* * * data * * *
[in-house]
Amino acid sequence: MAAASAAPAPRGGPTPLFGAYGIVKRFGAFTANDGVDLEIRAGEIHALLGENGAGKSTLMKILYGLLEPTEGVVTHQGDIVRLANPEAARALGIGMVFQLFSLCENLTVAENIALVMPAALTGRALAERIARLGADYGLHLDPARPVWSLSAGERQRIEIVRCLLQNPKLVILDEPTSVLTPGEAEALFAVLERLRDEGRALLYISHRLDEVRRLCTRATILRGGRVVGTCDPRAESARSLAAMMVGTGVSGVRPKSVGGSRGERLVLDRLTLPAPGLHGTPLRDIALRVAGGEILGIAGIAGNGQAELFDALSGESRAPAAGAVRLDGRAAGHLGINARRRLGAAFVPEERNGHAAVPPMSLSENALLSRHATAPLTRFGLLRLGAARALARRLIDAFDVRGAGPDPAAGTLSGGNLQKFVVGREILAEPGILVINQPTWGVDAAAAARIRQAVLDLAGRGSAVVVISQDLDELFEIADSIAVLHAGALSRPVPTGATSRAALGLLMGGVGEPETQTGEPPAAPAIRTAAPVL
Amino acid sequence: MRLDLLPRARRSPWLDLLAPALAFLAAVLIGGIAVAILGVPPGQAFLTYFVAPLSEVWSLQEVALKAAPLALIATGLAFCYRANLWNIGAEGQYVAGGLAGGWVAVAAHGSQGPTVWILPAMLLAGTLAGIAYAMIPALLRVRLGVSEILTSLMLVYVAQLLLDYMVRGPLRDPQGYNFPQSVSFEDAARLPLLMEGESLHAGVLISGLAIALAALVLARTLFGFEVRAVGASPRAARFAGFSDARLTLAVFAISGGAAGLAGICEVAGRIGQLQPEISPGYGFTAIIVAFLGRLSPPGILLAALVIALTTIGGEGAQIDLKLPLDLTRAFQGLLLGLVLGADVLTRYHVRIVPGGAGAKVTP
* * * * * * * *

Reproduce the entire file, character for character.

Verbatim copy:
[in-house]
Amino acid sequence: MAAASAAPAPRGGPTPLFGAYGIVKRFGAFTANDGVDLEIRAGEIHALLGENGAGKSTLMKILYGLLEPTEGVVTHQGDIVRLANPEAARALGIGMVFQLFSLCENLTVAENIALVMPAALTGRALAERIARLGADYGLHLDPARPVWSLSAGERQRIEIVRCLLQNPKLVILDEPTSVLTPGEAEALFAVLERLRDEGRALLYISHRLDEVRRLCTRATILRGGRVVGTCDPRAESARSLAAMMVGTGVSGVRPKSVGGSRGERLVLDRLTLPAPGLHGTPLRDIALRVAGGEILGIAGIAGNGQAELFDALSGESRAPAAGAVRLDGRAAGHLGINARRRLGAAFVPEERNGHAAVPPMSLSENALLSRHATAPLTRFGLLRLGAARALARRLIDAFDVRGAGPDPAAGTLSGGNLQKFVVGREILAEPGILVINQPTWGVDAAAAARIRQAVLDLAGRGSAVVVISQDLDELFEIADSIAVLHAGALSRPVPTGATSRAALGLLMGGVGEPETQTGEPPAAPAIRTAAPVL
Amino acid sequence: MRLDLLPRARRSPWLDLLAPALAFLAAVLIGGIAVAILGVPPGQAFLTYFVAPLSEVWSLQEVALKAAPLALIATGLAFCYRANLWNIGAEGQYVAGGLAGGWVAVAAHGSQGPTVWILPAMLLAGTLAGIAYAMIPALLRVRLGVSEILTSLMLVYVAQLLLDYMVRGPLRDPQGYNFPQSVSFEDAARLPLLMEGESLHAGVLISGLAIALAALVLARTLFGFEVRAVGASPRAARFAGFSDARLTLAVFAISGGAAGLAGICEVAGRIGQLQPEISPGYGFTAIIVAFLGRLSPPGILLAALVIALTTIGGEGAQIDLKLPLDLTRAFQGLLLGLVLGADVLTRYHVRIVPGGAGAKVTP